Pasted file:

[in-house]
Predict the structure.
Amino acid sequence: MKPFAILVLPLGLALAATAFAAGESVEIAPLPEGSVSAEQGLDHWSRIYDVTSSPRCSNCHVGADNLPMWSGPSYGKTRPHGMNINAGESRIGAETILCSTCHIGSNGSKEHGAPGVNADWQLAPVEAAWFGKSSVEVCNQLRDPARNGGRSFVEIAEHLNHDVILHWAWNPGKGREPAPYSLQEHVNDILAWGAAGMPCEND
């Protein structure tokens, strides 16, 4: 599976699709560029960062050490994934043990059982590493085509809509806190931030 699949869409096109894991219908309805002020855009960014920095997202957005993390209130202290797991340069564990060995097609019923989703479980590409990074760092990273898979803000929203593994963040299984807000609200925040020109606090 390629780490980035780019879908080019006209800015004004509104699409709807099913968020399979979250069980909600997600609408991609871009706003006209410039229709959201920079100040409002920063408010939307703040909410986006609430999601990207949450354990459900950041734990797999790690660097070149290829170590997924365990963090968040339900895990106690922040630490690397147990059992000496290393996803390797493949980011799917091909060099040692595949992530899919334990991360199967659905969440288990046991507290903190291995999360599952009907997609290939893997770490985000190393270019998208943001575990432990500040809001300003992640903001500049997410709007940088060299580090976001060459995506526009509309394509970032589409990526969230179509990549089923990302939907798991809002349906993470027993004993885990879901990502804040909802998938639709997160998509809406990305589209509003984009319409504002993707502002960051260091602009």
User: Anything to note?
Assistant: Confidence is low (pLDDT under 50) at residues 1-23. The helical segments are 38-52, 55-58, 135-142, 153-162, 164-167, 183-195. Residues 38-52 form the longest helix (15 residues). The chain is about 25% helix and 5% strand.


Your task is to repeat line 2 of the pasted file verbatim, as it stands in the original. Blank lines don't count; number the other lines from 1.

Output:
Predict the structure.